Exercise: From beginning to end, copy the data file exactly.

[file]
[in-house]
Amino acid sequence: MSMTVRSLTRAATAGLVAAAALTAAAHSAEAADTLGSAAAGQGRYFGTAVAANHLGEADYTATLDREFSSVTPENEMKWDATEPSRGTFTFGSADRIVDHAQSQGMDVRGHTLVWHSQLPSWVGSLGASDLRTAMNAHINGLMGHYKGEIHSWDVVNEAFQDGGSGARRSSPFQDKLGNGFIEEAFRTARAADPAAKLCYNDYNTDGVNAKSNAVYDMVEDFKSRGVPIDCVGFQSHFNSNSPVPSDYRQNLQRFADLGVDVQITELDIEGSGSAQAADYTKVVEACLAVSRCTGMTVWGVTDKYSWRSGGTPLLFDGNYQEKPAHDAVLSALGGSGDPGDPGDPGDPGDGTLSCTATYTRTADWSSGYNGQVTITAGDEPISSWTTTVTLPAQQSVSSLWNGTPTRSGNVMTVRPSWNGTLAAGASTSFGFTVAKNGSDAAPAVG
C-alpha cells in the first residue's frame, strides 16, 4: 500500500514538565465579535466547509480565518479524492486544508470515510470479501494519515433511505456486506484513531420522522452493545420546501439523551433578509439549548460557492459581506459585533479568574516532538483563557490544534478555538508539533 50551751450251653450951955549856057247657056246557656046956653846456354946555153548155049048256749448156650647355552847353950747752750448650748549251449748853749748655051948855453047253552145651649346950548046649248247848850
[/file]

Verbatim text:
[in-house]
Amino acid sequence: MSMTVRSLTRAATAGLVAAAALTAAAHSAEAADTLGSAAAGQGRYFGTAVAANHLGEADYTATLDREFSSVTPENEMKWDATEPSRGTFTFGSADRIVDHAQSQGMDVRGHTLVWHSQLPSWVGSLGASDLRTAMNAHINGLMGHYKGEIHSWDVVNEAFQDGGSGARRSSPFQDKLGNGFIEEAFRTARAADPAAKLCYNDYNTDGVNAKSNAVYDMVEDFKSRGVPIDCVGFQSHFNSNSPVPSDYRQNLQRFADLGVDVQITELDIEGSGSAQAADYTKVVEACLAVSRCTGMTVWGVTDKYSWRSGGTPLLFDGNYQEKPAHDAVLSALGGSGDPGDPGDPGDPGDGTLSCTATYTRTADWSSGYNGQVTITAGDEPISSWTTTVTLPAQQSVSSLWNGTPTRSGNVMTVRPSWNGTLAAGASTSFGFTVAKNGSDAAPAVG
C-alpha cells in the first residue's frame, strides 16, 4: 500500500514538565465579535466547509480565518479524492486544508470515510470479501494519515433511505456486506484513531420522522452493545420546501439523551433578509439549548460557492459581506459585533479568574516532538483563557490544534478555538508539533 50551751450251653450951955549856057247657056246557656046956653846456354946555153548155049048256749448156650647355552847353950747752750448650748549251449748853749748655051948855453047253552145651649346950548046649248247848850